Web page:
by Robert Bly
What? You want to live your life over again?
“Well, I suppose, yes…That time in Grand Rapids…
My life—as I lived it—was a series of shynesses.”
Being bolder—what good would that do?
“I’d open my door again. I’ve felt abashed,
You see. Now I’d go out and say, ‘All right,
I’ll go with you to Alaska.’ Just opening the door
From inside would have altered me—a little.
I’m too shy…” And so, a bolder life
Is what you want? “We could begin now.
Just walk with me—down to the river.
I’ll pretend this boat is my life…I’ll climb in."
This poem is a dialogue between two voices. The first is marked with italics and the second with quotation marks. The italics give the sense that the first voice is internal, acting almost like the conscience of the second speaker, who is denoted by the more typical font and quotation marks. While the first voice is short and two the point, the abundance of caesurae in the hyphens, commas, and ellipses convey the hesitation of the primary speaker. After all, “My life—as I lived it—was a series of shynesses.” (3) Even the words, "series of shynesses” for example, sound shy; the words are hushed and whispered. But by the end of the poem the speaker has changed. He sounds more assertive, he has the last word. In the space of twelve lines a great transformation of character has taken place.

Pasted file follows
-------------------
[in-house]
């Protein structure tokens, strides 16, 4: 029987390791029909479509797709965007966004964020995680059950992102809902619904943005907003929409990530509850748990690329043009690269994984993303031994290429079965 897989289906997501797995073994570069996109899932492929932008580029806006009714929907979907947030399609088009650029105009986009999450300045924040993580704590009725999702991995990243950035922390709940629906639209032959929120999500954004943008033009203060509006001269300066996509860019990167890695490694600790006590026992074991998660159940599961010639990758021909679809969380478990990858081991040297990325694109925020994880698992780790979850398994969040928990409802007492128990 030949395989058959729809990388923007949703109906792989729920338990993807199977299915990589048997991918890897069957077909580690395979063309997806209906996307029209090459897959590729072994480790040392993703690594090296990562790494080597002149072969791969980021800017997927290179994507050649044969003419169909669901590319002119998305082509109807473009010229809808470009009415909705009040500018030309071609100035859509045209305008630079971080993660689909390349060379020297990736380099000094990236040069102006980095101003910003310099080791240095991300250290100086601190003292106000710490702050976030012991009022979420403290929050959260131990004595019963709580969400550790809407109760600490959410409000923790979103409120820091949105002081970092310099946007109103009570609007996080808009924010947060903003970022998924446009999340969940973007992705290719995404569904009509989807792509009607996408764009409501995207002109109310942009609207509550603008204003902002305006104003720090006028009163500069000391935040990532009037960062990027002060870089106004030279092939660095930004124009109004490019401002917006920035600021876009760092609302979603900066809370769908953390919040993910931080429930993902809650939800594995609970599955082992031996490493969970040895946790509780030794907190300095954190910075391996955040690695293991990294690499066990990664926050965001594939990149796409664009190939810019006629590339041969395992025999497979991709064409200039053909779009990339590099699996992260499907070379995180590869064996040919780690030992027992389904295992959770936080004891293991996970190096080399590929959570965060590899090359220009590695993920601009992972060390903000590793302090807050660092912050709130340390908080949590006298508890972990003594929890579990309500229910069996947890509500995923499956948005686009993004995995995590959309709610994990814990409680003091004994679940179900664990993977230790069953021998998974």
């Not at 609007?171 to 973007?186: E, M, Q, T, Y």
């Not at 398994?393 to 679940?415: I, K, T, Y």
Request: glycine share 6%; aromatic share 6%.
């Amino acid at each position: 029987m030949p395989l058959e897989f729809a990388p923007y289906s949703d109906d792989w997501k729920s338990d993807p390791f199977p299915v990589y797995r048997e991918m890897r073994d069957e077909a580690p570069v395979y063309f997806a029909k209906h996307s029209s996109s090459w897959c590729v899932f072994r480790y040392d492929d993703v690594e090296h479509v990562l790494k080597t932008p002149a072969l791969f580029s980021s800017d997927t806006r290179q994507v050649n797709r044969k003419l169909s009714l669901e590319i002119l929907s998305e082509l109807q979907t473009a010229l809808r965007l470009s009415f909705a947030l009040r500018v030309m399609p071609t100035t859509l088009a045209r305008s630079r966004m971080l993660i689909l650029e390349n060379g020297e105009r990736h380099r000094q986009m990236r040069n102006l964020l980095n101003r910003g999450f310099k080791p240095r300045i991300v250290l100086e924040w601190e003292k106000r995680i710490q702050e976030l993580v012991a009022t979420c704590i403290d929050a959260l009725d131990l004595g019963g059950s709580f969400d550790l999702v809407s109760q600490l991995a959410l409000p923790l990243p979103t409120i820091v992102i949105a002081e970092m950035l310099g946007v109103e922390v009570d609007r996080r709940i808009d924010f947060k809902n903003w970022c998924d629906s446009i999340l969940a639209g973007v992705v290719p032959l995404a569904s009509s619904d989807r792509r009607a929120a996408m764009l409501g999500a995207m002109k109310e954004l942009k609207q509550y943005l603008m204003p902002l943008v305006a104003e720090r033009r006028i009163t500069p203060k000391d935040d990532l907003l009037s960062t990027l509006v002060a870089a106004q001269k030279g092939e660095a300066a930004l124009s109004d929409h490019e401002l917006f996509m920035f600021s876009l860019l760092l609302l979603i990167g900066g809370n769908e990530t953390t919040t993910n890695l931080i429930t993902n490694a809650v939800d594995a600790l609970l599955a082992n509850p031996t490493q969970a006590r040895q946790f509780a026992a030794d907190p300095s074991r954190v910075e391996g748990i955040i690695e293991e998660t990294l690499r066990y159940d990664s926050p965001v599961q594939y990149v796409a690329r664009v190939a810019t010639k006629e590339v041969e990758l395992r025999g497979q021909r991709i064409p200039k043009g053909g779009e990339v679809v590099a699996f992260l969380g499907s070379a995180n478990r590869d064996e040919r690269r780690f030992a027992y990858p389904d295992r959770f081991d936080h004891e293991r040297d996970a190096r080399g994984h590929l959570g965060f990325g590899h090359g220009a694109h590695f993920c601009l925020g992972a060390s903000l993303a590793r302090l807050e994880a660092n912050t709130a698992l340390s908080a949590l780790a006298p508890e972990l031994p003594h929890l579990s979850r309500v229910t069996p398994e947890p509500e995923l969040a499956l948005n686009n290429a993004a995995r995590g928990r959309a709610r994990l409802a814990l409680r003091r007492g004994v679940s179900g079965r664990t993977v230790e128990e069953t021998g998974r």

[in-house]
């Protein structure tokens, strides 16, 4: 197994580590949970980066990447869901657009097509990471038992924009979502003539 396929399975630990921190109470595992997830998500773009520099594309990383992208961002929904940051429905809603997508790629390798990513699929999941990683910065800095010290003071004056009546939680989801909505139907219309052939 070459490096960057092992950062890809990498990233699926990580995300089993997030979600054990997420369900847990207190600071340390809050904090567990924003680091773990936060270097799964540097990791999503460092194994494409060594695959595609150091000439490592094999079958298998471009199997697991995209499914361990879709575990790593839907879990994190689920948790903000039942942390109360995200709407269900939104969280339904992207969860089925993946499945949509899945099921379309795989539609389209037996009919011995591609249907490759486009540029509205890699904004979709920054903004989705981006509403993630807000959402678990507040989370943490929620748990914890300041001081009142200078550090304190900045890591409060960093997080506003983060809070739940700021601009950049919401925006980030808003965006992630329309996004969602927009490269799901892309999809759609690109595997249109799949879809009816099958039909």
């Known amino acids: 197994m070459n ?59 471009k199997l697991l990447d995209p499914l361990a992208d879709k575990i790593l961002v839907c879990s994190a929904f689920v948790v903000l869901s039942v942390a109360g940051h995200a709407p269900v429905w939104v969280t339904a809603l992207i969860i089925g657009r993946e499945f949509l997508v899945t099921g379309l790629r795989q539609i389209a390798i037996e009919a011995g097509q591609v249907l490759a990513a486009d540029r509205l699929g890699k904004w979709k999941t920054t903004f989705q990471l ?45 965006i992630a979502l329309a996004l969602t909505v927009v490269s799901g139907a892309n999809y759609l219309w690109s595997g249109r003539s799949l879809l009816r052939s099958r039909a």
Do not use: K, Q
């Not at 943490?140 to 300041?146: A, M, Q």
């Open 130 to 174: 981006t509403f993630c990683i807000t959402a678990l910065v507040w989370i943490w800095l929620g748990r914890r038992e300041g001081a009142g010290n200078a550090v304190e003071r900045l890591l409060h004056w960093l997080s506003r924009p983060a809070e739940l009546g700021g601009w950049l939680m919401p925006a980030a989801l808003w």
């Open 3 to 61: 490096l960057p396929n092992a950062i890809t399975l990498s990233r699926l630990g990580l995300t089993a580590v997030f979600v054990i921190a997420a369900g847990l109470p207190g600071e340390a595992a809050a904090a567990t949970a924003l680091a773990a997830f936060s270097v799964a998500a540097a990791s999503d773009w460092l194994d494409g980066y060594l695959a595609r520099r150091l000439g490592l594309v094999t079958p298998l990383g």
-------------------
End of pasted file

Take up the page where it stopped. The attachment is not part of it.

My favorite part of the poem, and why I wanted to write this to begin with, is the last two lines and the allusion I find there:
“Just walk with me—down to the river.
I’ll pretend this boat is my life…I’ll climb in.”
Heraclitus is supposed to have said “No man steps into the same river twice,” and that is just what I see in these two lines. The river becomes a symbol of change. Perhaps Bly didn’t intend this at all, but I hope that he would approve of my reading.